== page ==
Hero or Villain? New Movie ‘Jack Strong’ Reopens Debate on Poland’s Cold War CIA Spy Ryszard Kukliński

A new film from director Władysław Pasikowski has reopened a debate in  Poland about a spy who passed secrets to the USA during the Cold War.

Colonel Ryszard Kukliński’s story is told in the movie Jack Strong – his undercover name – starring Marcin Dorociński and Maja Ostaszewska. It presents Kukliński as a hero, who directed his actions against Communist Poland, and finally defected to the CIA on the eve of the declaration of Martial Law in Poland, in 1981.

Leading politicians in government and opposition are broadly in agreement that the heroic sentiment is warranted. Adam Hofman, Law and Justice party (PiS) spokesman, said that he tried to help Poland – which was at the time a satellite of Moscow rather than a sovereign state. President Bronisław Komorowski added that he was considering conferring a posthumous honour on Kukliński to mark the 25th anniversary of the fall of communism, in June this year. Polish Radio reports the president as saying that Kukliński deserved to be ‘remembered gratefully’.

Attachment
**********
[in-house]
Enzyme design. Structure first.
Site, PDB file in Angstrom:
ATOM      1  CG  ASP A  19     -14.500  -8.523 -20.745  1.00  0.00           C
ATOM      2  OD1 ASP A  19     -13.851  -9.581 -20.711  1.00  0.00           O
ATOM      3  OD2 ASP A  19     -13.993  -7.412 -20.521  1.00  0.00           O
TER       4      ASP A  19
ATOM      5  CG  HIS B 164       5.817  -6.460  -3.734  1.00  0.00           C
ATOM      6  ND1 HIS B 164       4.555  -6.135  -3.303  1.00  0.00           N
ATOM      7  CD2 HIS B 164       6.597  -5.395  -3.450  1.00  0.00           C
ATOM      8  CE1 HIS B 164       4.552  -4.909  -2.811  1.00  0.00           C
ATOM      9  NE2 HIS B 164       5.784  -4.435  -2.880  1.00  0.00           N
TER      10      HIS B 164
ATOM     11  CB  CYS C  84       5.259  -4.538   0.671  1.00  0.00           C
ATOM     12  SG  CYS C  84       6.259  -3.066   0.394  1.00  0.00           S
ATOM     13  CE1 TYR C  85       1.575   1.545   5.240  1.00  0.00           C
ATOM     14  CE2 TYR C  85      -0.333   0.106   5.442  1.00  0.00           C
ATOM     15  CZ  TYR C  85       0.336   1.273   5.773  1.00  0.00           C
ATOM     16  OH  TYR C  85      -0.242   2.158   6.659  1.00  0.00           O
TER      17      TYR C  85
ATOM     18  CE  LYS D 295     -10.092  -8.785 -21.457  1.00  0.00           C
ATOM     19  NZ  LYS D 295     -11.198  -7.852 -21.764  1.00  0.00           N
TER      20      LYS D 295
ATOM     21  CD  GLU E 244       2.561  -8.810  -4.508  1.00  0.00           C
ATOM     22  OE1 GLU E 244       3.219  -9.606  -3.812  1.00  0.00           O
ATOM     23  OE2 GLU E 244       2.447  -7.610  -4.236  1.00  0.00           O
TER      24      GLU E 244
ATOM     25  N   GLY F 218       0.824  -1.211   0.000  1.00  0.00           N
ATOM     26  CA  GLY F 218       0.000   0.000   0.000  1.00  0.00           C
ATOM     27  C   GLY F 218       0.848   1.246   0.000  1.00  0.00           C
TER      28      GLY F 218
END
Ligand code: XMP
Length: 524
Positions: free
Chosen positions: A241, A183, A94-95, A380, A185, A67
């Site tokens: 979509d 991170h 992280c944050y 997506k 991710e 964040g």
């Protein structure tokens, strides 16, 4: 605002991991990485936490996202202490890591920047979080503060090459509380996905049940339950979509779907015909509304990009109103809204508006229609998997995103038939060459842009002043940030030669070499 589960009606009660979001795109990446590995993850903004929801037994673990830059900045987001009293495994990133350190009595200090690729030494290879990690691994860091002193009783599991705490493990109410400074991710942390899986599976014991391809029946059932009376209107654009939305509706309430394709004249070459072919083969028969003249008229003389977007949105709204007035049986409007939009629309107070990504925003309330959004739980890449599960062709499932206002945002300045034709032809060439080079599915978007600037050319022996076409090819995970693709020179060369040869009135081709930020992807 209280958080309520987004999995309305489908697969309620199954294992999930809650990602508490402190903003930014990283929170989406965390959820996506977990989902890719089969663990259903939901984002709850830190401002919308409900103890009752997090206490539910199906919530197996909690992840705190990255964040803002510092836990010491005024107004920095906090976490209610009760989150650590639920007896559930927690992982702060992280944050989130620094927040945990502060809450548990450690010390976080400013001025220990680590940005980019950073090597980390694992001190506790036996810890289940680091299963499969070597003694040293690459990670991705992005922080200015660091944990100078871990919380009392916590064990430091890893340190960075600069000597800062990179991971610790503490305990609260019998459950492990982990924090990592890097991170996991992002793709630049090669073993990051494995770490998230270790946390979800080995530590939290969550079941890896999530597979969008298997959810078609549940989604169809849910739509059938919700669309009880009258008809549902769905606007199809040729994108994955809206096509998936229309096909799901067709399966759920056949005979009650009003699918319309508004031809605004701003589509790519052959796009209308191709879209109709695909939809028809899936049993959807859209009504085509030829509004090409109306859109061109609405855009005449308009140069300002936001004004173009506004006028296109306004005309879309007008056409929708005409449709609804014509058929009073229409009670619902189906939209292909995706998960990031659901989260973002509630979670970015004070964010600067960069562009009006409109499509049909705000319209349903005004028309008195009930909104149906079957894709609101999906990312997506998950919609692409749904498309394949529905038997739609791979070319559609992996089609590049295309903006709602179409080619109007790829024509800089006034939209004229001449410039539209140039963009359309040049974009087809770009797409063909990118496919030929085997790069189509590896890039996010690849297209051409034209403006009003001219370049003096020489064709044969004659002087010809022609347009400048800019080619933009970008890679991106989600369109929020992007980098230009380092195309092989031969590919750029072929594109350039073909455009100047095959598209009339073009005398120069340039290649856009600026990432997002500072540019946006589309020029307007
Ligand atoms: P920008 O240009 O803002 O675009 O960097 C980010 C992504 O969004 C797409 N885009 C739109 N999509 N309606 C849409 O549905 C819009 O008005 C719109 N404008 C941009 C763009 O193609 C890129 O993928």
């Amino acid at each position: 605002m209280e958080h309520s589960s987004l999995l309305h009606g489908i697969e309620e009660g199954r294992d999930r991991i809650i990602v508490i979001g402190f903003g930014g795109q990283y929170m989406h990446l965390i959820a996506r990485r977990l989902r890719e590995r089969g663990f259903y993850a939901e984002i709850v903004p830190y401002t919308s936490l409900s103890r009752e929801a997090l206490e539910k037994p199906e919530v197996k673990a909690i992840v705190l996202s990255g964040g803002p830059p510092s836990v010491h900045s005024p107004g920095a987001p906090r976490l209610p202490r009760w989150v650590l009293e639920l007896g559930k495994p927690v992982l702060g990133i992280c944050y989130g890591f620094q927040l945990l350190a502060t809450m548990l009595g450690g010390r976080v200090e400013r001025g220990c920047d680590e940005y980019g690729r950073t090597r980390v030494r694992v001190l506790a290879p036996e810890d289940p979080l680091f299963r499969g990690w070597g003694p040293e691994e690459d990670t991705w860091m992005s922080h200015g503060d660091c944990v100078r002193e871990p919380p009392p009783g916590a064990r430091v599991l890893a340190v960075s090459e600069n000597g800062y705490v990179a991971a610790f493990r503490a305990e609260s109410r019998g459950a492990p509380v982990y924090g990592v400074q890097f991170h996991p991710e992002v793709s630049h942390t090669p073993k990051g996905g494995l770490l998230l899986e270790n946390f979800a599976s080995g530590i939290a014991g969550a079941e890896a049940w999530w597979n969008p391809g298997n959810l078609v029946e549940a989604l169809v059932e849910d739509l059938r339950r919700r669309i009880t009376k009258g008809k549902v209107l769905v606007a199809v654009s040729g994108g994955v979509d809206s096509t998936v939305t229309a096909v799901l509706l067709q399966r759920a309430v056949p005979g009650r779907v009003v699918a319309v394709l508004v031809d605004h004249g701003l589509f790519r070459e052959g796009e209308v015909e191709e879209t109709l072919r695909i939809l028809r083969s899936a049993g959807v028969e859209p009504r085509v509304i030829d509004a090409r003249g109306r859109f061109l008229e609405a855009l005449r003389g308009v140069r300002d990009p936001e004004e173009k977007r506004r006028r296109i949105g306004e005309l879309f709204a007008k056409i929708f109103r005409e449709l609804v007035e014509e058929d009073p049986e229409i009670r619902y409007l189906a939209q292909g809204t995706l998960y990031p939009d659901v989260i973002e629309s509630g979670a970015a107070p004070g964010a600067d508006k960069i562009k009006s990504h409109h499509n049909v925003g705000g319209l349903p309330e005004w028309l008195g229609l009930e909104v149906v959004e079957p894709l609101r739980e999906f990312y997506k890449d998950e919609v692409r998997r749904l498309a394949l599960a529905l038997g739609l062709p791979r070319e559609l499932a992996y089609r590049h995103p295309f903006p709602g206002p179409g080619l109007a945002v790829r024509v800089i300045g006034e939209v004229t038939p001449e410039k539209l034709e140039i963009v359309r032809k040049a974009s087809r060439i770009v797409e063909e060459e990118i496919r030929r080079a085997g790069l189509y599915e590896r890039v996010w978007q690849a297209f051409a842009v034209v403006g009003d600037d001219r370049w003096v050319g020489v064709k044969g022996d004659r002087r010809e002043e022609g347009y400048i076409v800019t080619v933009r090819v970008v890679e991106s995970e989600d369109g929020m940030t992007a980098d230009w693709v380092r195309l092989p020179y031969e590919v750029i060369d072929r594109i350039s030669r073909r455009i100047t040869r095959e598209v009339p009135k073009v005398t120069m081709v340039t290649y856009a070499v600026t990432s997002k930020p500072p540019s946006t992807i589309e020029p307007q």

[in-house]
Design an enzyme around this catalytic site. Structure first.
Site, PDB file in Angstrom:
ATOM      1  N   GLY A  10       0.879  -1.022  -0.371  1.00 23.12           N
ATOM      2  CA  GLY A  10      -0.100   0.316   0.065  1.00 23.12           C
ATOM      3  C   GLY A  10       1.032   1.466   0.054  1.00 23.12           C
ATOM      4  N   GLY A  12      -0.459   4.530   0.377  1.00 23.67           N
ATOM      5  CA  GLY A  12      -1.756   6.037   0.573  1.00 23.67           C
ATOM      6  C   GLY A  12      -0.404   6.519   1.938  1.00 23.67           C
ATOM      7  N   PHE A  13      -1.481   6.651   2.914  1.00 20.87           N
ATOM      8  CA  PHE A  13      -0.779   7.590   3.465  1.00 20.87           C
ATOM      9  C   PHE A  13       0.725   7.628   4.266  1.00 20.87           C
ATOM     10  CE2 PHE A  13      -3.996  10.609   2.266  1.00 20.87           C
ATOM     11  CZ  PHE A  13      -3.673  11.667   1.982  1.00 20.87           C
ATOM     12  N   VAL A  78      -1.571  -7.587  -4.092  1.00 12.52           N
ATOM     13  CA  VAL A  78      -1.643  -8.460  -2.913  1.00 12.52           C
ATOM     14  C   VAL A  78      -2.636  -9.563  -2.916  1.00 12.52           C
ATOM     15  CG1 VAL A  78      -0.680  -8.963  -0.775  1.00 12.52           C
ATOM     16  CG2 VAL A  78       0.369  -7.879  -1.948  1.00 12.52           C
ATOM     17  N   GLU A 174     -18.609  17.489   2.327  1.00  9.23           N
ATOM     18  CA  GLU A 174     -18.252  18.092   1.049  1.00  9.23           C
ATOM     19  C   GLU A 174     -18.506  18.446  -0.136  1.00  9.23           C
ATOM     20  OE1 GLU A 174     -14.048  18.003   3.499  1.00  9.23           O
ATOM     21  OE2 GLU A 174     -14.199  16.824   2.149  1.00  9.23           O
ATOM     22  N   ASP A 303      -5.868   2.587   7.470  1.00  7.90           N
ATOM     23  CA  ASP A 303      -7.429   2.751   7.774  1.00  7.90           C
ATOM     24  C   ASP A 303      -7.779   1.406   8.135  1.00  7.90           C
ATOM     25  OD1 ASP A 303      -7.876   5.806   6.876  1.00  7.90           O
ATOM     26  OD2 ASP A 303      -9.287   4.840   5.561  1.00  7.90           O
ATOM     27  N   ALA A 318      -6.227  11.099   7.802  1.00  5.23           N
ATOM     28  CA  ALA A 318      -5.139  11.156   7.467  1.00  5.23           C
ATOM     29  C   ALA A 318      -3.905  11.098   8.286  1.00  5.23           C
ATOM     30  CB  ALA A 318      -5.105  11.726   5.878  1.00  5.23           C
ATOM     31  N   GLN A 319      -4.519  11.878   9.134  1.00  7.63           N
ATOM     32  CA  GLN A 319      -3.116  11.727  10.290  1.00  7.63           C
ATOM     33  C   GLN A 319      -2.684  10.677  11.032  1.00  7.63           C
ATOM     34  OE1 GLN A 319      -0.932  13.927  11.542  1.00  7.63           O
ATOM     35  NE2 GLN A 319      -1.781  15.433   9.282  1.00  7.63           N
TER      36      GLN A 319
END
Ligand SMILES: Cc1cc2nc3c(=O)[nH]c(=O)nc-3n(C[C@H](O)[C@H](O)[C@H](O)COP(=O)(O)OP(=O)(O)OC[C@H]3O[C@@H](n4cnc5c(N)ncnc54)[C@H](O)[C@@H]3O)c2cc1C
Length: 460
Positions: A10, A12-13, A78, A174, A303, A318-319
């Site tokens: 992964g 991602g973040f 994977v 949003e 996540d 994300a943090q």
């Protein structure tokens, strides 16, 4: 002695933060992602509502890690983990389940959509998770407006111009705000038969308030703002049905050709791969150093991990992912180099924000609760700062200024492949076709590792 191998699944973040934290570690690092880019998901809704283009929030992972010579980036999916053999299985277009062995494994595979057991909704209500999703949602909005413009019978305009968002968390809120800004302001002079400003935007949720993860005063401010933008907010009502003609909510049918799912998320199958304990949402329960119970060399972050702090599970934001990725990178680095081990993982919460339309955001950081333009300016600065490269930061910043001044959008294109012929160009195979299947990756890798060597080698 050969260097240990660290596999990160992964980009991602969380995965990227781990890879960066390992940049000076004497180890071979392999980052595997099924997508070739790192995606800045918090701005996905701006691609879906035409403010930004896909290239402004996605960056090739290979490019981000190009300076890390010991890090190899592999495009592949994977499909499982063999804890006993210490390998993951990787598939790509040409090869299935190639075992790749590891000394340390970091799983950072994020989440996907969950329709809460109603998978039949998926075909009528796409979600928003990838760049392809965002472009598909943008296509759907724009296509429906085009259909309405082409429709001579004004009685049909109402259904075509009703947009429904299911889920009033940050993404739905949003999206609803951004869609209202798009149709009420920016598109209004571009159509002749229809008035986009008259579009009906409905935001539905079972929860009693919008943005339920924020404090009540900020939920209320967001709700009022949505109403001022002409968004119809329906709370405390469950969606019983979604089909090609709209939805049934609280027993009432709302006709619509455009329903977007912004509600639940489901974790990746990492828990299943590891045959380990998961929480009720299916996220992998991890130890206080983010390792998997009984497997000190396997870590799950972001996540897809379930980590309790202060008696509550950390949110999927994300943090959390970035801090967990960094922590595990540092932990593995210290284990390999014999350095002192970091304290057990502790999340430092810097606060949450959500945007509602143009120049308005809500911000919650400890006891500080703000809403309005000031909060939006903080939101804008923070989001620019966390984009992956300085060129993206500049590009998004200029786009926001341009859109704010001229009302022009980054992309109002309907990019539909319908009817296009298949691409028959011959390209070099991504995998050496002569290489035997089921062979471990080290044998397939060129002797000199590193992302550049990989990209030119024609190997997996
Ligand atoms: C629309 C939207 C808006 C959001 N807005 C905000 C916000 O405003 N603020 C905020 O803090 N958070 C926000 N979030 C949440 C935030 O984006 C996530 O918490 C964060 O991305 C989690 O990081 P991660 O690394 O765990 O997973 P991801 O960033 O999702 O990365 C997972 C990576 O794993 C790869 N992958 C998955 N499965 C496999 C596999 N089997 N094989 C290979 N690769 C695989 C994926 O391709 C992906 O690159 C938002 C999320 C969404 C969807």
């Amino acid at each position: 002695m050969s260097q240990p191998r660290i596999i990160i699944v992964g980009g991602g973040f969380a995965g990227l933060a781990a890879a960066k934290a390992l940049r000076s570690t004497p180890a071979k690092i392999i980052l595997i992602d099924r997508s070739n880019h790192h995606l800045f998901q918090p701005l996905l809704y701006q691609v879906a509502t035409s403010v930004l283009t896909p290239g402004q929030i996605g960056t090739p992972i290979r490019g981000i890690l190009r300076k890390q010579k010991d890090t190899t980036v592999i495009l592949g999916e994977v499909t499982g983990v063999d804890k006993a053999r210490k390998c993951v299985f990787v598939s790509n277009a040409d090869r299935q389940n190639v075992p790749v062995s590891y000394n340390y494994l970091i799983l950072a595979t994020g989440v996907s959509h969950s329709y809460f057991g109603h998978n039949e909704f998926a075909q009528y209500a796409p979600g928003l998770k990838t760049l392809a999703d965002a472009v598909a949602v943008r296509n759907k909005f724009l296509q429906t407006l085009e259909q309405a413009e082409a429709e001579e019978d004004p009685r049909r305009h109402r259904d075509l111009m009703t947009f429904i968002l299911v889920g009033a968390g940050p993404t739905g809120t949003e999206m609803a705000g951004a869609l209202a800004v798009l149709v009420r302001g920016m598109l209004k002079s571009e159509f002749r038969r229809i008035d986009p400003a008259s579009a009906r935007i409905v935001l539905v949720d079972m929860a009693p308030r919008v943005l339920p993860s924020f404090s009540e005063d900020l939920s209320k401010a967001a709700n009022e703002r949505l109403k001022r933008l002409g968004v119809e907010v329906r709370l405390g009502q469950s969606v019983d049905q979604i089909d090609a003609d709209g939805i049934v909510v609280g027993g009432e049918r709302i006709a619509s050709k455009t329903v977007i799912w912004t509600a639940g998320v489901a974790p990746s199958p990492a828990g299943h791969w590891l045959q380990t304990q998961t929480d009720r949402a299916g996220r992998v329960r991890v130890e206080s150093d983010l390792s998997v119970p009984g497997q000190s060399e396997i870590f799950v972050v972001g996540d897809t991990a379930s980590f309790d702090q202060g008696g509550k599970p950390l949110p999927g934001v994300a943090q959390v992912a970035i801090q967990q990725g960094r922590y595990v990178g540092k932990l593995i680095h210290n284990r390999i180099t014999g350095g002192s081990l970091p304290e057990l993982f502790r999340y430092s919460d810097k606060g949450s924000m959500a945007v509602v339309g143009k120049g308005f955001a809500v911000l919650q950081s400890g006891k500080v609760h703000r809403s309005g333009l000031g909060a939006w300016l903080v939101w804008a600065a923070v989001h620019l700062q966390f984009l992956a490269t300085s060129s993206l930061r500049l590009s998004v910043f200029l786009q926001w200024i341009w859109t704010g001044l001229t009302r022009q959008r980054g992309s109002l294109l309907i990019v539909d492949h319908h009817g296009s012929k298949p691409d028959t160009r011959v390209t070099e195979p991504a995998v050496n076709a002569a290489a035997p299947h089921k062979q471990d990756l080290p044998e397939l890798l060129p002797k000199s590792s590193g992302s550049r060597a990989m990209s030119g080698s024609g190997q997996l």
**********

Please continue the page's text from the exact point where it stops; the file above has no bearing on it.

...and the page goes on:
Public opinion, in some quarters, is also ranged behind Kukliński. A Facebook group has appeared calling for memorial to the Cold War spy to be erected in Warsaw.

Trailer for Jack Strong, on general release in Poland now:

However, Polish Radio reports that an ex-head of Poland’s former intelligence agency has branded Kukliński a traitor. Gromosław Czempiński said it was not important what kind of rule Poland was under during the Cold War, and that in passing some 35,000 pages of Soviet secrets to Washington, Kukliński had betrayed his nation.

There are some sections of society in Poland that appear to agree with Czempiński’s view. In 2011 and 2012 a monument to Kukliński in Kraków was vandalised – and the words ‘traitor’ and ‘death to the USA’ were scrawled across it.

 Picture: Hero or villain? Kulkiński’s vandalised monument in Kraków, and Marcin Dorociński in the movie Jack Strong.